• Family Night. We like to use Friday evenings as a pure family night when we can. We usually have a little family Bible study and then do something like play a game or watch a movie or some other little something that we can all do together. Tonight it was Phase 10--a card game that both kids know how to play (with our modified rules, which more resemble Uno) and enjoy very much.
It was a very fun and intersting day, and now it's time for a restful and peaceful night. Hope you all had a happy Sexta-Feira as well. I'll try to check back in with you tomorrow.

Thursday, July 24, 2008

If the Salmonella doesn't get you, the love bug will

The first time Jeff ever cooked for me we were dating and in college. He spent quite a long time cooking chicken on his little hibachi grill and then served it to me raw along with some excuse about the charcoal. We ended up going out for burgers as we laughed at the situation. I fell completely head-over-heels in love, and he's been cooking for me ever since--although I would definitely say his technique has improved and most of the things he produces in the kitchen or on the grill are super-fabulous these days. But sometimes, you need to go back in time, to remember why you fell in love in the first place, and tonight was just that occasion. Jeff decided to try out the little churrasco grill at our apartment complex tonight. (Picture meat on swords going around and around over a charcoal fire). So, we all hung out by the pool (with a view of the ocean) while the meat went around and around (and around), having a grand ol' time, until it finally became clear that the chicken was not going to be done at any kind of a reasonable dinner time, at least not on this day. Turns out language isn't the only thing with a learning curve. We laughed, moved on to Plan B, and maybe fell just a little more in love. And the mishap aside, the churrasco is a wonderful invention that definitely has the potential to produce good eats. We will certainly be trying this again soon.

Wednesday, July 23, 2008

Como se diz...?*

They do not teach you everything you need to know in Portuguese classes. Here are some of the questions/situations we have had to navigate since we've been here:
  • My son had an accident and I need new sheets for the bed.
  • Our sink is stopped up. Can you help us?
  • I need the key for the washer/dryer.
  • Will this cell phone work internationally?
  • Where can I recharge the credits on my prepaid cell phone?
  • Is the grocery store open on Sunday?
  • Where is the nearest grocery store?
  • No, my baby is not cold. In fact, he is sweating.
  • Etc. etc.
Living in a country where you don't speak the language is not for the faint of heart. It is sometimes very frustrating, but also pretty exciting when you are actually able to communicate. These were some of the successful conversations. I won't even bother with the ones that went nowhere.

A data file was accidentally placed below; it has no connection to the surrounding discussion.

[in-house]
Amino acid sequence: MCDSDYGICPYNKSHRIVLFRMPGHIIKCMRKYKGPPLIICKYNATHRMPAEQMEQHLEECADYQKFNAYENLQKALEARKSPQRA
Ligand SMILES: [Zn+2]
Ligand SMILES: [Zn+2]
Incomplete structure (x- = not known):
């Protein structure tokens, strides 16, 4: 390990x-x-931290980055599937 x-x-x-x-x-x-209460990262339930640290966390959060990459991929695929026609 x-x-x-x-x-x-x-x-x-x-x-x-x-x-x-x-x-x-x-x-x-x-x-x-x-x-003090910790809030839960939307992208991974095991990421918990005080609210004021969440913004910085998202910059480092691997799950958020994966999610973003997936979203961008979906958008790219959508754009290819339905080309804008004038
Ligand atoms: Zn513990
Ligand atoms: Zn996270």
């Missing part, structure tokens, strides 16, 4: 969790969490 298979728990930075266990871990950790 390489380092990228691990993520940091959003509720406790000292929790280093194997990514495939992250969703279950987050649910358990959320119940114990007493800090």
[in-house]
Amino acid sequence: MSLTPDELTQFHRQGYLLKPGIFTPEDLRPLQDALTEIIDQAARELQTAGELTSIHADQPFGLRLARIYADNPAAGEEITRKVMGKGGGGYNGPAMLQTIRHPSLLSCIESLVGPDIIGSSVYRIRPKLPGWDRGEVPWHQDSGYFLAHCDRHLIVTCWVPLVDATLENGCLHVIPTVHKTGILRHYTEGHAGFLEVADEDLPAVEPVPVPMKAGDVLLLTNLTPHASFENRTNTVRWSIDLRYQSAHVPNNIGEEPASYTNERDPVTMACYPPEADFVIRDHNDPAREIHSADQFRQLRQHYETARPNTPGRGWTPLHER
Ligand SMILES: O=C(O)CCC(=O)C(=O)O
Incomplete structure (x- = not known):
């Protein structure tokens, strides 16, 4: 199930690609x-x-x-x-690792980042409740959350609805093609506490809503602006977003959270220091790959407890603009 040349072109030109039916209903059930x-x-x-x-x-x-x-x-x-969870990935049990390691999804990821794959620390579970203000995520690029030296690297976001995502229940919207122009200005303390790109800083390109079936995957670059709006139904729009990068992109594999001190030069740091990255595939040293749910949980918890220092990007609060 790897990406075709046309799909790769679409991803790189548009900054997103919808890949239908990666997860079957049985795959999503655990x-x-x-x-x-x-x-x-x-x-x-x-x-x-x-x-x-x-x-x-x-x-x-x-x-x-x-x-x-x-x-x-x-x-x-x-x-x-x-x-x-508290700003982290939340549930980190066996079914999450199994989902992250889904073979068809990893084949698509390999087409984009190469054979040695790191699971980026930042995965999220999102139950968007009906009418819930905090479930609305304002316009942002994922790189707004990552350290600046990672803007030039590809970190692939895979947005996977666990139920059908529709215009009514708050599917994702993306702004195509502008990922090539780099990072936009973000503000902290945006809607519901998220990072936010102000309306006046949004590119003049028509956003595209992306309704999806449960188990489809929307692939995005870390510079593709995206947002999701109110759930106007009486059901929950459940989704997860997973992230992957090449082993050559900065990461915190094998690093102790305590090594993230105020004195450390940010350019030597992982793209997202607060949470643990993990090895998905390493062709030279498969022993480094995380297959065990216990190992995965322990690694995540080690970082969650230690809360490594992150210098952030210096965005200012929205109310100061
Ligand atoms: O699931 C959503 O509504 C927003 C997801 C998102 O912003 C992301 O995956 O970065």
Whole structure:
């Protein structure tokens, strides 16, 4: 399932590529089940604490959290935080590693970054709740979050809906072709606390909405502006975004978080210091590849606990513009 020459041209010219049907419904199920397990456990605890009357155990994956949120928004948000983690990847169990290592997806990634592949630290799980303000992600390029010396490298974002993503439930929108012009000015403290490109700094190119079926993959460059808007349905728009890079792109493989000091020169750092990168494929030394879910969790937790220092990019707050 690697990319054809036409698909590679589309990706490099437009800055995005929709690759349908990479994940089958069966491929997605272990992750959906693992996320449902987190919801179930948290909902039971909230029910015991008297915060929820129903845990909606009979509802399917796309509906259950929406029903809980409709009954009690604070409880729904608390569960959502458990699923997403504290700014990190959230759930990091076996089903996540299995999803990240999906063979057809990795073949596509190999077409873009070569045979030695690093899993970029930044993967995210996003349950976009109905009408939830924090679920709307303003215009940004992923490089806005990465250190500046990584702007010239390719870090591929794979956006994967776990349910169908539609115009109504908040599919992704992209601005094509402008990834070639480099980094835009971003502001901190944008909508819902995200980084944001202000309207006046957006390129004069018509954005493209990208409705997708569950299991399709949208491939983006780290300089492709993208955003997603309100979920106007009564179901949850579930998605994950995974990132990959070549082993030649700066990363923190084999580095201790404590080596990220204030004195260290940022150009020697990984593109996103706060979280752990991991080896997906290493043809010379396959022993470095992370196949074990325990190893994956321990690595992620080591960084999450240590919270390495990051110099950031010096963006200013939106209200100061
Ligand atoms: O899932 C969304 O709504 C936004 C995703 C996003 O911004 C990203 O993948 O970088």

*That's "how do you say...?"

Monday, July 21, 2008

From Our Back Porch, You Can See The Sea

Here's the amazing view* from our porch:

*Picture this as a panorama, and know that it definitely doesn't do justice to how amazing the view actually is. And it doesn't have sound, so you don't get the soothing crashing of waves, but it'll give you a small idea about what our backyard is like and why we love this place.

Friday, July 18, 2008

We Have Arrived

In Brazil. In our apartment. In life, in general, it seems. We arrived in this inappropriately-named country of "Order and Progress" a week ago yesterday. We spent the first five days in an apartment that our church keeps for foreign visitors, where all five of us (and our intimidatingly large amount of luggage) stayed in one little room, packed wall to wall with twin-size beds. We shared our meals with people from Brazil, Peru, the Czech Republic and the United States. It was a wonderful experience, but we were thankful to get to move into our own apartment on Tuesday. It is still a small space (about 600 sf), but there are lots of common areas in the building we can use, and--and this is the best part--our back yard is the Atlantic Ocean, so it doesn't really seem so small. (I'm serious about that backyard thing. From our porch on the 8th floor we have a 180 degree view of the beach/ocean, and it is absolutely is amazing)! And aside from a few minor inconveniences--no hot water in the kitchen sink, laundry facilities 5 floors below, imperfect internet service and not speaking or understanding the language very well, and maybe one or two other little things--it's absolutely perfect! The kids are having a blast, and Weston has surprised us by being the most willing of anyone to speak the language and make new friends. I will upload pictures when we figure out how to get a wider bandwidth for the internet signal. This afternoon, we are headed up into the mountains for the weekend. Our church has a beautiful campground there where we will attend a seminar. We are looking forward to drawing nearer to the Lord and enjoying a very lovely part of His creation. I'll check back in with you sometime next week.

Tuesday, July 08, 2008

See You On The Flip Side

Of the world. Literally. We head out for Brazil tomorrow! Unbelievable. And as soon as Jeff gets back from Wal-mart with another suitcase for us (so, we can't count!), I think we will be able to get everything packed...and under the weight limits. Hopefully. After I post this, I will pack up my computer, and then will be out of touch for a while. Until we get settled. So, it might be a couple of weeks or so. Don't give up on me. I will be back--in Bloggerland in the near-term and in America in the longer-term. I love you all and appreciate your thoughts and prayers and well-wishes. Tchau (Brazillian "ciao") for now.

Monday, July 07, 2008

La Isla Bonita

*See the rest of the pics on flickr.